Classical 91.5

On Record with Diane Jones, host of Feminine Fusion

On Saturday, April 6, Feminine Fusion joins our line up at 8 PM. The show, which highlights all facets of women in classical music, is produced and hosted by Diane Jones , who is also the midday host at WCNY in Syracuse. Diane took a road trip to our studios to chat with Julia Figueras about Feminine Fusion, the quiet (and sometimes not so subtle) bias against women in the world of classical music, and her journey from executive secretary to composer and radio host.

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Recent blog posts

I grew up in the NYC area surrounded by a large extended family of first- and second-generation Italian immigrants, most hailing from Sicily. I enjoyed the musical aftermath of our extended family visits where uncles and cousins would play their mandolins and guitars after sharing a traditional meal and lively conversation! 

I recently received one of my uncle’s Gibson mandolins from my cousin that was hanging on his wall and during a recent visit, it was offered and became my current musical obsession.

  First there was one. Then a few. And now many – all over the world. 

In 2010, cellist Dale Henderson played some music by JS Bach in a subway station in New York City. Plenty of people play music in the NYC subways, busking for whatever money people will toss their way.

But this time was different: Henderson declined the money people wanted to throw in his case. Instead, he offered audiences free postcards explaining that his intentions were to sow the seeds for future generations of classical music lovers.

News from the world of Classical Music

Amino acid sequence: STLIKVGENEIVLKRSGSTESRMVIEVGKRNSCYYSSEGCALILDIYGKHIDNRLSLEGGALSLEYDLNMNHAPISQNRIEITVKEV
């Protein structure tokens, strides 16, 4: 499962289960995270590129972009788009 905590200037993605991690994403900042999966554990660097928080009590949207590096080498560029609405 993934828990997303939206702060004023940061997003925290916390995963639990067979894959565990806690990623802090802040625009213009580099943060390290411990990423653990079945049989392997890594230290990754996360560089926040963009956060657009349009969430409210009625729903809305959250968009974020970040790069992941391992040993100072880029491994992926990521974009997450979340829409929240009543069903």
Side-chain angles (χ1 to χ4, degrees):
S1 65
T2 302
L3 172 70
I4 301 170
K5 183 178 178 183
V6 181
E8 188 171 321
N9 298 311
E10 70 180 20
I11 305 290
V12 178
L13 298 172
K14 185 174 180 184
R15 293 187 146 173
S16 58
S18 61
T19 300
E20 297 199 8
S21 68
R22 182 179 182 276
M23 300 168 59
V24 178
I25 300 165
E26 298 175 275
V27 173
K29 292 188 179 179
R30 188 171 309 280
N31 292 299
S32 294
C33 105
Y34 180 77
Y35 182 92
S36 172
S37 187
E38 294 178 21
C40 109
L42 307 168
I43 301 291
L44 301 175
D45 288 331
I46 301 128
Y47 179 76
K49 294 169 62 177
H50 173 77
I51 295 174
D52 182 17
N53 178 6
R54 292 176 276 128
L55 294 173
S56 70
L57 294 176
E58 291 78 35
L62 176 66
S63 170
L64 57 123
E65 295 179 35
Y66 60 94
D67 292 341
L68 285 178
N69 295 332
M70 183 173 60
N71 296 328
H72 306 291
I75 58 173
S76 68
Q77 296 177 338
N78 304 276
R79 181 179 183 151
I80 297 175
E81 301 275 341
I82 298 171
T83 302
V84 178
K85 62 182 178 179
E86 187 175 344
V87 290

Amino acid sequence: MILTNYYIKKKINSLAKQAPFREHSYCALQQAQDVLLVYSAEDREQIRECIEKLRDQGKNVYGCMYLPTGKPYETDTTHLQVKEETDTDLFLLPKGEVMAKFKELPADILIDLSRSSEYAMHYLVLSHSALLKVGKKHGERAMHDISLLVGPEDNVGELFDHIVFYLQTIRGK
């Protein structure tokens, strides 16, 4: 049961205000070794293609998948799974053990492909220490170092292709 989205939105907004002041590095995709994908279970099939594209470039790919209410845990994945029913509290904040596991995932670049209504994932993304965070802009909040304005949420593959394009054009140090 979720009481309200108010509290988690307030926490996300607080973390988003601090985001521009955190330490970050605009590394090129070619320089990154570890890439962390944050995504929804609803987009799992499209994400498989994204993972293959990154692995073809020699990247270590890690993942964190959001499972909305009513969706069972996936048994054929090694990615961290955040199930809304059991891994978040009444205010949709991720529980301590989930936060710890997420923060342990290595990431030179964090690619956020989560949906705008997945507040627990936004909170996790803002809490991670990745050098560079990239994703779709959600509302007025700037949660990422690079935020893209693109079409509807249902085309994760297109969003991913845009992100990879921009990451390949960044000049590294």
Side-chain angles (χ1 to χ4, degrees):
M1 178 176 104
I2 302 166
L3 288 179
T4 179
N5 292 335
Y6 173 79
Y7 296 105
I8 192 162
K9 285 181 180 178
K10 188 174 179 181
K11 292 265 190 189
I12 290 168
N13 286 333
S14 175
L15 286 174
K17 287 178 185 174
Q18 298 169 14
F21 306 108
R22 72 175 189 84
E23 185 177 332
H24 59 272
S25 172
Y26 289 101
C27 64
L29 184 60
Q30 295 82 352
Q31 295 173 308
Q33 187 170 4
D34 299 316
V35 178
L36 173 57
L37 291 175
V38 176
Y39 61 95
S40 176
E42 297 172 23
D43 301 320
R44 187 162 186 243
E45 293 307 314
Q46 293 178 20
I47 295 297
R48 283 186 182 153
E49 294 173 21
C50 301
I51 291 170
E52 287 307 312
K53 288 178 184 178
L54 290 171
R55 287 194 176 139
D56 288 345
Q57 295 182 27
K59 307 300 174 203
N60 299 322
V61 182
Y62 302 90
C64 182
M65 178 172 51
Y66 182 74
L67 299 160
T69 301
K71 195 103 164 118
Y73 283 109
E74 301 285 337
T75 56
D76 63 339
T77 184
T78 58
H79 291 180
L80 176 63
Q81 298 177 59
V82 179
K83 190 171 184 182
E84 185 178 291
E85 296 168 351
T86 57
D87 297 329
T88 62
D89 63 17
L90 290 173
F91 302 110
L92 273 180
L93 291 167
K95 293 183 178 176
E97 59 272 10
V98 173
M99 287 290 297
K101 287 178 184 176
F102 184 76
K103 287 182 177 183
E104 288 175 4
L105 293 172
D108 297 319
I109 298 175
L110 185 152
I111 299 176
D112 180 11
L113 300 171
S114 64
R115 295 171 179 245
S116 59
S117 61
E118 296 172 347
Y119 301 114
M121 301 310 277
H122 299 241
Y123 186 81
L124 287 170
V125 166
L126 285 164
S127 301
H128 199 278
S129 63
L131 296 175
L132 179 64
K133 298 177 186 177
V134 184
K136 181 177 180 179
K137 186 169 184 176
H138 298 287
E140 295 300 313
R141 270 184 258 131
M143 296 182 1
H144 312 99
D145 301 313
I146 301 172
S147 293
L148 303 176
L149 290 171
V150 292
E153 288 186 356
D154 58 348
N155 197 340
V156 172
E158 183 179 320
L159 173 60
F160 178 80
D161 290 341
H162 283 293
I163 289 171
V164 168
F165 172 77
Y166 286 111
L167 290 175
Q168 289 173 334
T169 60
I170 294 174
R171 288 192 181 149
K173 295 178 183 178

It’s called Arts in the Loop, and the play on words is partly related to the filling in and revamping of a portion of the Inner Loop.

Jim Doser, director of the Institute for Music Leadership at the Eastman School of Music, is one of the people involved in these discussions. He says the hope is to create art, media and technology exhibits throughout downtown.

Pianist Jeremy Denk's latest album is a musical odyssey. Starting with the austere tones of medieval composer Guillaume de Machaut, Denk travels in time across the keyboard all the way to the 20th Century landing on the atonality of Karlheinz Stockhausen and the minimalism of Philip Glass.

In Chicago, musicians have gone on strike. The players in the Chicago Symphony Orchestra, one of the country's top orchestras, let their contract expire on Sunday, March 10, and performances scheduled for this week have already been canceled.

The National Women’s Hall of Fame announced the 2019 inductees Friday night at a ceremony in New York City.

The ten women inductees are: 

Gloria Allred, an attorney who has often focused on women’s rights.

Angela Davis, a political activist and university professor.

Sarah Deer, an attorney and university professor who has worked to end violence against Native American women.

The Yale Russian Chorus is in Rochester this week.

The ensemble, made up of Yale University students, was established in 1953 and has traveled from The White House to the former Soviet Union and all across the U.S. over the last 66 years.

Today, as they did in the height of the cold war, they think of themselves as cultural ambassadors, or “diplomats of song,” as then-Senator Hubert Humphrey once called them.

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